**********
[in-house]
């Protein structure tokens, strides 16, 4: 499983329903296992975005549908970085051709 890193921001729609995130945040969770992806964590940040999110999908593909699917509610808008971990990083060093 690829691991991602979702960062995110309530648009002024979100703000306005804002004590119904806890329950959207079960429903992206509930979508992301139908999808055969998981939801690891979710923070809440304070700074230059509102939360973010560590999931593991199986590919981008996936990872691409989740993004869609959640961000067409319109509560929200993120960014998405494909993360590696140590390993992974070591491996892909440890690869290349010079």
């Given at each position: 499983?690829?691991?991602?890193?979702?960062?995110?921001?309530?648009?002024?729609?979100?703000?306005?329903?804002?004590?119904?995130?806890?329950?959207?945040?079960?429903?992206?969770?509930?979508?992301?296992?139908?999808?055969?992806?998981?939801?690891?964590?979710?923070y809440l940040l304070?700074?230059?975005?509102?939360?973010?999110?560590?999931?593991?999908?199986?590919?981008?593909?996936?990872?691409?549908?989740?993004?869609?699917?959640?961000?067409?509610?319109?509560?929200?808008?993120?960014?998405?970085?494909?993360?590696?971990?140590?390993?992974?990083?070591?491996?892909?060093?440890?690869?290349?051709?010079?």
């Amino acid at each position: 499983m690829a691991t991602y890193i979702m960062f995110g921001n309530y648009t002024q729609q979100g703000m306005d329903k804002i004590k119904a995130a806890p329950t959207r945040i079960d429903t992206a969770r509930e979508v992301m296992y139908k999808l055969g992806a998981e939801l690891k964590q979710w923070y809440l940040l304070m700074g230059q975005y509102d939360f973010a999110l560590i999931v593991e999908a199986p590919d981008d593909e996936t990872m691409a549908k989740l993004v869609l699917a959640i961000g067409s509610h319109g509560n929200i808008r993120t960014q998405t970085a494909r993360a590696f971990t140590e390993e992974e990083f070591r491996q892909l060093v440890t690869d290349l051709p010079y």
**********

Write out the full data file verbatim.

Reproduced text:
[in-house]
């Protein structure tokens, strides 16, 4: 499983329903296992975005549908970085051709 890193921001729609995130945040969770992806964590940040999110999908593909699917509610808008971990990083060093 690829691991991602979702960062995110309530648009002024979100703000306005804002004590119904806890329950959207079960429903992206509930979508992301139908999808055969998981939801690891979710923070809440304070700074230059509102939360973010560590999931593991199986590919981008996936990872691409989740993004869609959640961000067409319109509560929200993120960014998405494909993360590696140590390993992974070591491996892909440890690869290349010079």
């Given at each position: 499983?690829?691991?991602?890193?979702?960062?995110?921001?309530?648009?002024?729609?979100?703000?306005?329903?804002?004590?119904?995130?806890?329950?959207?945040?079960?429903?992206?969770?509930?979508?992301?296992?139908?999808?055969?992806?998981?939801?690891?964590?979710?923070y809440l940040l304070?700074?230059?975005?509102?939360?973010?999110?560590?999931?593991?999908?199986?590919?981008?593909?996936?990872?691409?549908?989740?993004?869609?699917?959640?961000?067409?509610?319109?509560?929200?808008?993120?960014?998405?970085?494909?993360?590696?971990?140590?390993?992974?990083?070591?491996?892909?060093?440890?690869?290349?051709?010079?």
């Amino acid at each position: 499983m690829a691991t991602y890193i979702m960062f995110g921001n309530y648009t002024q729609q979100g703000m306005d329903k804002i004590k119904a995130a806890p329950t959207r945040i079960d429903t992206a969770r509930e979508v992301m296992y139908k999808l055969g992806a998981e939801l690891k964590q979710w923070y809440l940040l304070m700074g230059q975005y509102d939360f973010a999110l560590i999931v593991e999908a199986p590919d981008d593909e996936t990872m691409a549908k989740l993004v869609l699917a959640i961000g067409s509610h319109g509560n929200i808008r993120t960014q998405t970085a494909r993360a590696f971990t140590e390993e992974e990083f070591r491996q892909l060093v440890t690869d290349l051709p010079y």